Courtesy of Chinen Bingata Laboratory

Okinawa has a unique dying tradition called bingata. Painstakingly using stencils and hand-dyeing resist techniques, craftspeople create vibrantly patterned cloth that was once the pride of Ryukyu royalty. At 10th-generation Chinen Bingata Laboratory, one of the largest and oldest workshops, the guide showed me every step of the process and explained how they adapted to maintain production even during post-war scarcity, using broken pieces of LPs as palette knives, and human hair for brushes.  

The southern coast is home to some of the most sacred sites in the indigenous religion, including UNESCO World Heritage Site Sefa-Utaki, a jungle shrine where high priestesses were inducted, and Kudakajima, a small island that features heavily in the creation mythology. As the first island the goddess created, it is supposed to mirror the perfection of the gods’ realm. It is indeed a gorgeous place to spend a day cycling to deserted beaches and windswept capes. If you are braver than me, you can try the local specialty: a sea snake called irabu.  

South Okinawa: Valley of Gangala
Courtesy of Valley of Gangala

Another site worth visiting is the Valley of Gangala, a stretch of banyan jungle and limestone caves whose archeological sites prove humans lived here 20,000 years ago. It can only be visited with a guide, but an excellent English handout ensures non-Japanese speakers won’t miss a detail.  Although when it comes to details like why people pray to a particularly phallic stalactite for fertility, there’s not much explanation needed.

What to eat in southern Okinawa

Just a few minutes from Ryukyu Hotel and Resort Nashiro Beach, sandwiched between a Itoman fishing port and an industrial complex, is Itoman Gyomin Shokudo, a seafood restaurant operated by a local fishmonger. The building is made from pale limestone rocks stacked like the walls of Ryukyu’s ancient castles, creating an atmosphere both chic and timeless. I showed up just as they opened and was able to snag a table, but a line soon stretched out the door. No wonder. Their way of cooking up the day’s catch is sublime. They fry the whole fish so it’s crunchy on the outside and flaky-soft within, then serve it up on a hot iron plate in a butter sauce flavored with asa seaweed, fermented tofu, or turmeric – all local specialties.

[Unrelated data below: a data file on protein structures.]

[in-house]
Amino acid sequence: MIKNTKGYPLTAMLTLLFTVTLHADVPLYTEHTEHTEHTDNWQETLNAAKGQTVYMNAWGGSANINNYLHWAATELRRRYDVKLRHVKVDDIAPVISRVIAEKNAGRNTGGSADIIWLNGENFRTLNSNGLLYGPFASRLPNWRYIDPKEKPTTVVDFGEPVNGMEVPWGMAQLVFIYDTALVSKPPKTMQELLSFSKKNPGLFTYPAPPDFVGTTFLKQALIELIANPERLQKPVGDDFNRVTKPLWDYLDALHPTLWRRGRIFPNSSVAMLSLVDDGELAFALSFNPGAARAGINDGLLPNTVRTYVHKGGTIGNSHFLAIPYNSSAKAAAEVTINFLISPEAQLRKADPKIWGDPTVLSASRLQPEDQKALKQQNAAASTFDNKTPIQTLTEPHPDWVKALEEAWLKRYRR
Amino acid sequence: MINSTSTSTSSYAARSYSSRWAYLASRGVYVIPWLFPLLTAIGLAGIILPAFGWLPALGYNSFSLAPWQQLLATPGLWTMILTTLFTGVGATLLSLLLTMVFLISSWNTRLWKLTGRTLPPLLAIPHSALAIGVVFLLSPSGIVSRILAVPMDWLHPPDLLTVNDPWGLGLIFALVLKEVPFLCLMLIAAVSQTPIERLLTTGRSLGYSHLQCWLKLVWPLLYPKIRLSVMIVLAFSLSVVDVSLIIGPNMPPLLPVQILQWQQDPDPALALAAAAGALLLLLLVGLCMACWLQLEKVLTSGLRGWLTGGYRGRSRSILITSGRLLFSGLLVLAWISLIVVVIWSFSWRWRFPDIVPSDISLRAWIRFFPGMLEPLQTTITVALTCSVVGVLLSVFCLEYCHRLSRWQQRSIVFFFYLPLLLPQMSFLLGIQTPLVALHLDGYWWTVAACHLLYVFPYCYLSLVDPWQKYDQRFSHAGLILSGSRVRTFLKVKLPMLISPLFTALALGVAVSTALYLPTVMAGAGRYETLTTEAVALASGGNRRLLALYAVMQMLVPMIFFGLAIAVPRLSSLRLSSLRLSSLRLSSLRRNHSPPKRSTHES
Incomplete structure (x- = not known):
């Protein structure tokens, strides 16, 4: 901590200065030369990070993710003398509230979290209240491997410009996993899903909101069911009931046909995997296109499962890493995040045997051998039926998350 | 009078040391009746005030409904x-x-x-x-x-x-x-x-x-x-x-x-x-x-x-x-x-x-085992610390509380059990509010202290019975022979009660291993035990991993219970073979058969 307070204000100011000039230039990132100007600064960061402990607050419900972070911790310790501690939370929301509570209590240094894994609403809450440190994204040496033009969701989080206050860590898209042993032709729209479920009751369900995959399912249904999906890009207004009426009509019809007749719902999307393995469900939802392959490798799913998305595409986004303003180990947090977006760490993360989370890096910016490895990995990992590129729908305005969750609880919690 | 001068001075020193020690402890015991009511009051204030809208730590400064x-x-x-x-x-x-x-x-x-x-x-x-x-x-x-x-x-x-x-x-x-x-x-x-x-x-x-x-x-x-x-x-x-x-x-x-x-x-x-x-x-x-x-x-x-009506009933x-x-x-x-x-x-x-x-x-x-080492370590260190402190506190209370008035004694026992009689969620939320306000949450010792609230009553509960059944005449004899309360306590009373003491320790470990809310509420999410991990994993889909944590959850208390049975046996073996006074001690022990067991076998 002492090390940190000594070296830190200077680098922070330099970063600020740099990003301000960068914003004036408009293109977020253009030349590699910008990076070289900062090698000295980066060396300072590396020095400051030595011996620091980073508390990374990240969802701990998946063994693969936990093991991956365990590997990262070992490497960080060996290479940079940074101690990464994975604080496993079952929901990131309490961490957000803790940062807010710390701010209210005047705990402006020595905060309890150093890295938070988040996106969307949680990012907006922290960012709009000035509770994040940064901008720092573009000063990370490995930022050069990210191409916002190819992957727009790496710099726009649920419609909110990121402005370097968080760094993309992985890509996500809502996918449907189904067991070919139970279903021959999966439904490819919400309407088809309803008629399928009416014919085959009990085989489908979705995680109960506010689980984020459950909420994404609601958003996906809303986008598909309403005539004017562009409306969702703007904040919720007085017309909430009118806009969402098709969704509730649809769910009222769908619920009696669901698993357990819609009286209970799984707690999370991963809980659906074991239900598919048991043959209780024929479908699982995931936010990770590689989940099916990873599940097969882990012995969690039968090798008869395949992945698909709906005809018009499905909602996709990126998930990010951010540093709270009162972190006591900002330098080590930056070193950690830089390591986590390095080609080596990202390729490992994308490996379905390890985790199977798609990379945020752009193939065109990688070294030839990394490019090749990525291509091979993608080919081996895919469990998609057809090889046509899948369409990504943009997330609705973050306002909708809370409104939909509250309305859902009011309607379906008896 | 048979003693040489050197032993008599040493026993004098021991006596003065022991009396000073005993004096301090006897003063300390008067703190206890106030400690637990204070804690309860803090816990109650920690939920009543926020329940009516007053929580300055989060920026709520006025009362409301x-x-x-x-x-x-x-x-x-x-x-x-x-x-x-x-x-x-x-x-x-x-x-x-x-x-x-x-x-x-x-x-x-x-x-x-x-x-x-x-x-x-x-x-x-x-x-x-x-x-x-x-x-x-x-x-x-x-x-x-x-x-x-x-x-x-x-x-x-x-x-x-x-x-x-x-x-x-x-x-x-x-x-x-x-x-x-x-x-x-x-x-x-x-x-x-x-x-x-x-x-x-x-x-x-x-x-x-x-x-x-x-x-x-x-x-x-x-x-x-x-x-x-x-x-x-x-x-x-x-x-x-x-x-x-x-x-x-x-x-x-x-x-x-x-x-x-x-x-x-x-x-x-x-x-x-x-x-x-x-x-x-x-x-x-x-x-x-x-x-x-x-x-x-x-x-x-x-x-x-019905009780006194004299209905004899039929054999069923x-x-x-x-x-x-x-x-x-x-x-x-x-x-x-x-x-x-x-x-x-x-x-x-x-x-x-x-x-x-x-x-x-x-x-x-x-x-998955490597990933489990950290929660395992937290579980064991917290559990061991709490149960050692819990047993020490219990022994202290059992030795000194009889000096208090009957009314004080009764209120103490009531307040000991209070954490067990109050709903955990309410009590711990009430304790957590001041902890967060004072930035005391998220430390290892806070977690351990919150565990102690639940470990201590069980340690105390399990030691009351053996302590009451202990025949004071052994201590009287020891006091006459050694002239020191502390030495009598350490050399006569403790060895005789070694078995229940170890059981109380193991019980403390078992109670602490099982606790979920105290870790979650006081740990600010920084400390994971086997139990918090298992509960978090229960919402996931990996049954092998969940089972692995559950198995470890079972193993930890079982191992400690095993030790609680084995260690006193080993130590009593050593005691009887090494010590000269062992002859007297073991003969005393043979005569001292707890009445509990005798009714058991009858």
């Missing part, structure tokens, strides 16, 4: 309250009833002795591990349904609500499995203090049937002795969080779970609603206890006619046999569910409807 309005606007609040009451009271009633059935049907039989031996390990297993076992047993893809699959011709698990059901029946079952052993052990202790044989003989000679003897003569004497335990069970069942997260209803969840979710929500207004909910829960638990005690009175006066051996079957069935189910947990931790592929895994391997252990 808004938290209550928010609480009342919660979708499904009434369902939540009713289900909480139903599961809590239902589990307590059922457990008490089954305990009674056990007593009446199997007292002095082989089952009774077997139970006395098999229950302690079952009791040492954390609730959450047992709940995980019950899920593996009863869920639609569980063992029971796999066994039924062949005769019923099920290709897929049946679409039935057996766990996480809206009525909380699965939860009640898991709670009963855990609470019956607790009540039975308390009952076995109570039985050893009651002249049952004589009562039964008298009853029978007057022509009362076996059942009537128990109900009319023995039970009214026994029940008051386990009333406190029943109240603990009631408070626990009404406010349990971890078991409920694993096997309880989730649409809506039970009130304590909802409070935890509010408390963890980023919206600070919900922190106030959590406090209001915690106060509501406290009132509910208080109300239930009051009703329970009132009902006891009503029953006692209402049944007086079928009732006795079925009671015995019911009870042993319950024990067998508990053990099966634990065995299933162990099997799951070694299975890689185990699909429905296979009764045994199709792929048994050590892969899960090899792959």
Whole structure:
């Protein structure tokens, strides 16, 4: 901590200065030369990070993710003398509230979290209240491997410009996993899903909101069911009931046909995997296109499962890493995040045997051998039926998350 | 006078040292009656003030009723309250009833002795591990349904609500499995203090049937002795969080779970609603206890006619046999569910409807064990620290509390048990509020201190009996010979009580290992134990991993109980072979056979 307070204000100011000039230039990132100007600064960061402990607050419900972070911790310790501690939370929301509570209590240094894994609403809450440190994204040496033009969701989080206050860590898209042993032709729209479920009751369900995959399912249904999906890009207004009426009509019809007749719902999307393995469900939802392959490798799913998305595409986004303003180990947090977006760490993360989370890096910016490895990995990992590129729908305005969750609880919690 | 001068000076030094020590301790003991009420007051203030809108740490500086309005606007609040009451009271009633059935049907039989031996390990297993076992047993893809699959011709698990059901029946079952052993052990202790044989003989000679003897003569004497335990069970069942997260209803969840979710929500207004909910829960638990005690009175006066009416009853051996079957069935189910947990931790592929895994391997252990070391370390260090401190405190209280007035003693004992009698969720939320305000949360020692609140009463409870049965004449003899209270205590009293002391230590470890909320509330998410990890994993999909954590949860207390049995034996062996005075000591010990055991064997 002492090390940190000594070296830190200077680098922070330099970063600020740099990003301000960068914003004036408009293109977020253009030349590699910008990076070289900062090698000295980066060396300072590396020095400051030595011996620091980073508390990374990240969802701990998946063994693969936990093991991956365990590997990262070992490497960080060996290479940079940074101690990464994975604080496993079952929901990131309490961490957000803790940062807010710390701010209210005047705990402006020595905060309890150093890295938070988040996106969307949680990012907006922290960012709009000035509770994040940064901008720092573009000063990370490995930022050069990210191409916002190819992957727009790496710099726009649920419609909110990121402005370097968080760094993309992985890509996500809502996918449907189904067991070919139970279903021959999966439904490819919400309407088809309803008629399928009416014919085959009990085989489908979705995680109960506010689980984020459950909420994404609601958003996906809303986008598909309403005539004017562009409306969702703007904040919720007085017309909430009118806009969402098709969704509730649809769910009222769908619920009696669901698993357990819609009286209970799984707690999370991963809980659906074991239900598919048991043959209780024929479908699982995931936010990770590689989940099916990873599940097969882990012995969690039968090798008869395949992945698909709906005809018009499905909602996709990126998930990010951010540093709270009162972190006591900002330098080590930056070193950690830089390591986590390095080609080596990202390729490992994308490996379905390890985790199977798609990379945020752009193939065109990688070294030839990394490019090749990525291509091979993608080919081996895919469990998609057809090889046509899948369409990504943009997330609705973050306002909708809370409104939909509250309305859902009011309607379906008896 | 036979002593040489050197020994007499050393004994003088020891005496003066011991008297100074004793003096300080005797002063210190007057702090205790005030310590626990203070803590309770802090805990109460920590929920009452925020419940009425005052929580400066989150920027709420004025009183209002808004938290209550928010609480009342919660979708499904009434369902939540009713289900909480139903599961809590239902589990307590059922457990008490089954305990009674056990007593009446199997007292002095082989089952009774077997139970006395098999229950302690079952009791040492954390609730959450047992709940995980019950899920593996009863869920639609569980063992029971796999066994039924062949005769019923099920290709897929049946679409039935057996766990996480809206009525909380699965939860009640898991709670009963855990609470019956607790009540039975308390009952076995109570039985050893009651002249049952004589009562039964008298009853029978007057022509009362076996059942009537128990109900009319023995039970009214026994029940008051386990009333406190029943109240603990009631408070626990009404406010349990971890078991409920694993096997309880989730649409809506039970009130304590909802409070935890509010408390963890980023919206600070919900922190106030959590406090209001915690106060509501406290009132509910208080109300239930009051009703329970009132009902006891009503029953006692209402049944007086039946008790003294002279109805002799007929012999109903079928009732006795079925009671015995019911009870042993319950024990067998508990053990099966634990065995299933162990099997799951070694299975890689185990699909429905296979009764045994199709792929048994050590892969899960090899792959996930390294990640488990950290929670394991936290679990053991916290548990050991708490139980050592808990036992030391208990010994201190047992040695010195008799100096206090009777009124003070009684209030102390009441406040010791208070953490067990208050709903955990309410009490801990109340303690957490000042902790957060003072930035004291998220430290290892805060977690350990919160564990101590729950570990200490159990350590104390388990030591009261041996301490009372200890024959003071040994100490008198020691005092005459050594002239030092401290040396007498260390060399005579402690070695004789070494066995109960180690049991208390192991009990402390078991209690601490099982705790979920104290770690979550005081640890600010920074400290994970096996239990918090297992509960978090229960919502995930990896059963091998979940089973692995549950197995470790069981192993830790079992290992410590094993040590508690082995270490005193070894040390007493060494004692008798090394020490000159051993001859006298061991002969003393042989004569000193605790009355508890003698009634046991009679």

South Okinawa: Itoman Gyomin Shokudo and Café Makabechina
FROM LEFT: Courtesy of Itoman Gyomin Shokudo; courtesy of Café Makabechina
Sponsored by Four Seasons Hotel Kyoto

You can find chewy Okinawan soba noodles anywhere on the island, but it’s hard to beat the ambiance at Café Makabechina. The family-run eatery is in a traditional home from 1891, surrounded by a lush garden and rock walls that survived the Battle of Okinawa with just a few bullet scars. Inside, the living area turned dining room is packed with antiques and bric-a-brac, giving it the nostalgic feel of lunch at grandma’s.

Unlike mainland tempura, which is served as part of a meal, Okinawan tempura is sold as single fritters for snacking. Along with fish and other typical fillings, mozuku seaweed and yam dumplings are local variations. The southern fishing village of Ojima claims to be the heartland of Okinawa tempura, with several little shops clustered on an island only about half a kilometer across. Having conducted extensive taste tests, I’ve settled on Oshiro Tempura Shop as the best, both because they serve their tempura piping hot from the fryer and because the outdoor seating area was home to a friendly clowder of cats waiting for fishy crumbs to fall. 

What to drink in southern Okinawa

South Okinawa: Chuko Distillery
Courtesy of Chuko Distillery

Okinawa’s local spirit, awamori, is made from rice and black koji. Despite its infamously high ABVs (generally up to 45%), it’s usually drunk straight, although mixing it with water, soda or tea is also common. Young awamori tends to have brash flavors, but aging it allows mellower tones to win out, often revealing vanilla and brown sugar notes. Awamori is aged in stainless steel or traditional ceramic urns to different effect. To get a sense of the limitless possibilities of this deceptively simple spirit, I headed to Chuko Distillery, where the owner took me through a tasting that compared steel-tank awamori aged five, 10 and 15 years and then the same awamori aged in ceramics instead. Unusually, Chuko makes their own urns, the second-generation owner having decided the only way to get a perfect aging vessel was to make his own. Each becomes completely unique in the kiln, with a patina of black, brown and green developing on the reddish clay as vaporized wood ash melds to the vitrifying surface.; Twins from ¥33,000, Premier Club Twins from ¥50,000.